Another time, I'll try to set out exactly what kind of game I think the 5e rules are really good for. For now, suffice it to say that I think 5e characters are most interesting when they're pursuing either personal quests or faction missions, and that the best combats in 5e are "boss fights" with powerful enemies whose defeat is directly related to the characters accomplishing their goals.
Option 1 - The Nutcracker Princess Campaign
In this campaign, the player characters are human children from our world, on the cusp of young-adulthood, who are swept away to a frozen wonderland, where they're the only ones who can broker the peace between once-allied, now-distant kingdoms that face the threat of an invading conqueror. (You know, now that I write that out, this sounds a lot like the plot of the new She-Ra show. That wasn't intentional, I'm okay with it. It might be better, actually, than the campaign would be without that second touchstone.)
Like human children in Narnia or, well, "The Nutcracker," the player characters are basically considered foreign royalty. Their initial contact is probably with the Mouse-Elf Queen or the Nutcracker King, both of whom want to build a new alliance among the old kingdoms, raise an army of Toy Soldiers, and repel the advances of the Rat King and his terrible army.
The neighboring kingdoms should be familiar to Tchaikovsky fans, the Sugarplum Faeries, Swan Princesses, various lands of candy and pastry. The players missions would likely be to serve as emissaries to the old kingdoms, participating in courtly intrigue, solving problems to win allies, recovering lost regiments of Toy Soldiers, defeating incursions by the Rat King's armies, building a coalition to drive them back to their own distant shore.
Picture everyone in Regency Era and Napoleonic fashion, picture lots of anthropomorphic foodstuffs and objects like in Adventure Time or Beauty & the Beast, imagine navigating strict rules for manners and decorum to arrive at fleeting moments of emotional honesty, imagine lots of ballet dancing, and listen to music tracks on quiet repeat to set the ambiance for each area the players enter.
(If I ran this as something other than 5e, I2TO is tempting for its mass combat rules and its novice-friendly simplicity, while Numenera might make it relatively easy for every princess to have a unique superpower.)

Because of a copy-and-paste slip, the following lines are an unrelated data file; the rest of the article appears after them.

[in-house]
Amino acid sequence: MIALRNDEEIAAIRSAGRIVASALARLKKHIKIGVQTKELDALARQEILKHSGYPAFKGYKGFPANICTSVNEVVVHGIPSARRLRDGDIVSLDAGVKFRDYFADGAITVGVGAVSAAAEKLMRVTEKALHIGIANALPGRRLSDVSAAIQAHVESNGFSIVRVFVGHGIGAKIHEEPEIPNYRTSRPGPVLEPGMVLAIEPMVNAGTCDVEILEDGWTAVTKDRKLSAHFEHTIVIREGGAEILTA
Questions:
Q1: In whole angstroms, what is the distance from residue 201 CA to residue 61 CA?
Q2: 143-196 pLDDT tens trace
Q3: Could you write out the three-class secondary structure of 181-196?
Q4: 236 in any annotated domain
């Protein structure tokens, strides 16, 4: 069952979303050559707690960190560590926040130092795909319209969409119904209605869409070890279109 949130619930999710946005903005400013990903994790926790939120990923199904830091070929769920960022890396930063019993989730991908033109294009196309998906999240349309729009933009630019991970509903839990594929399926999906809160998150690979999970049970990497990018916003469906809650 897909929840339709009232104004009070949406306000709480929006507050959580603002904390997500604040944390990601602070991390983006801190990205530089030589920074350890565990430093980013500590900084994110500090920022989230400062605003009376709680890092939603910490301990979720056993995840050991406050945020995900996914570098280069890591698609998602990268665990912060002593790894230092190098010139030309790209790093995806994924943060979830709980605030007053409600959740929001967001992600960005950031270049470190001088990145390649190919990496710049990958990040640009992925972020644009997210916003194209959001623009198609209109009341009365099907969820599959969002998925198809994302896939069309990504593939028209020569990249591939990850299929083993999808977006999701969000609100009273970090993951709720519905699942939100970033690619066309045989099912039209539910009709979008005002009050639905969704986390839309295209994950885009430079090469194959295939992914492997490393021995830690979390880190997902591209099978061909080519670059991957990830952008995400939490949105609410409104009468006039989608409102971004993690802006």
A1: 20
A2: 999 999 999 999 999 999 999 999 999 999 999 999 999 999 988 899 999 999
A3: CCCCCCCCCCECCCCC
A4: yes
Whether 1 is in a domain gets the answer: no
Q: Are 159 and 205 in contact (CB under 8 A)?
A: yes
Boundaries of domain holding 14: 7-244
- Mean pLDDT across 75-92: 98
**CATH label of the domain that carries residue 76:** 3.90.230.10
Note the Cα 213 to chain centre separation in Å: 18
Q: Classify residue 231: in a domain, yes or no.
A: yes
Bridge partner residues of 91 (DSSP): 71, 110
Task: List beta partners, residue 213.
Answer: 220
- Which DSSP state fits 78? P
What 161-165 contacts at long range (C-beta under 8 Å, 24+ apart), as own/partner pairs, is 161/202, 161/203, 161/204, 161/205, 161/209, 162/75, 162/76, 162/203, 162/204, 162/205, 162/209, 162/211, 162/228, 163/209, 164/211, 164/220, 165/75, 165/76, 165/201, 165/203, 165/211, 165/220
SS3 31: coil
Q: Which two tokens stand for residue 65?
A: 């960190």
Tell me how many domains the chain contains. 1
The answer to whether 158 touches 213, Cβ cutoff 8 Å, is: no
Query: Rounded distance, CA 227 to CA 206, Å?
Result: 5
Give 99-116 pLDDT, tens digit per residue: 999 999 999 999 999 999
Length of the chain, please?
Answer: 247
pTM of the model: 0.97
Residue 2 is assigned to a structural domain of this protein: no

|Human children become royalty and recruit Toy Soldiers|
image from The Nutcracker and the Four Realms
|Royal court in the Flower Kingdom|
image from Ballet West and photographer Luke Isley
|Lots of princesses|
image from She-Ra and the Princesses of Power
|Lots and lots and lots of princesses|
image from Wreck-It Ralph 2: Ralph Breaks the Internet
Option 2 - The Vaults of Azurth
If good artists borrow and great artists steal, then surely the greatest artists of all copy two different things and mash them up. In this campaign, the idea would be to remix Trey Causey's Land of Azurth and Jeff Reints' Vaults of Vyzor. (When you consider that Azurth is Trey's own fanciful take on Oz, and Vyzor is a tribute to the funhouse dungeon's of yore, it's clear that there are also several more layers of borrowing going on here. That also means that I could mix in new ideas based on the same original sources that inspired Trey and Jeff.)
Above ground, the Azurth's World's Fair 189Z is starting to be assembled. Each of the realms of Azurth is converting an abandoned building fairgrounds into an exhibition space, and the fairgrounds are starting to fill with vendors of all stripes. Below ground ... well, who know's what's down there? An adventurer who's brave and resourceful could find out, and potentially earn the favor of the World Emperor in the invitation-only Azure-Windowed Palace at the center of the fair, or catch the attention of one of the fair's other patrons, such as The Girl With Kaleidoscope Eyes or Princess In Another Castle.
Trey's Azurth has four lands with different themes - boy's-own-adventure in Sang, girl's-own-adventure in Virid, fairy tales in Nox, and tall tales in Yanth, plus Sapphire City, which I don't know much about. Jeff's Vyzor had color-coded underground vaults with exciting random cultural exhibitions happening on the surface. The vaults were tricky to navigate, but also full of set-piece attractions that made finding the way through worth it. The vaults were also interconnected by secret doors, and finding those interconnections was a goal in itself, and that connectivity is definitely something I'd want to imitate.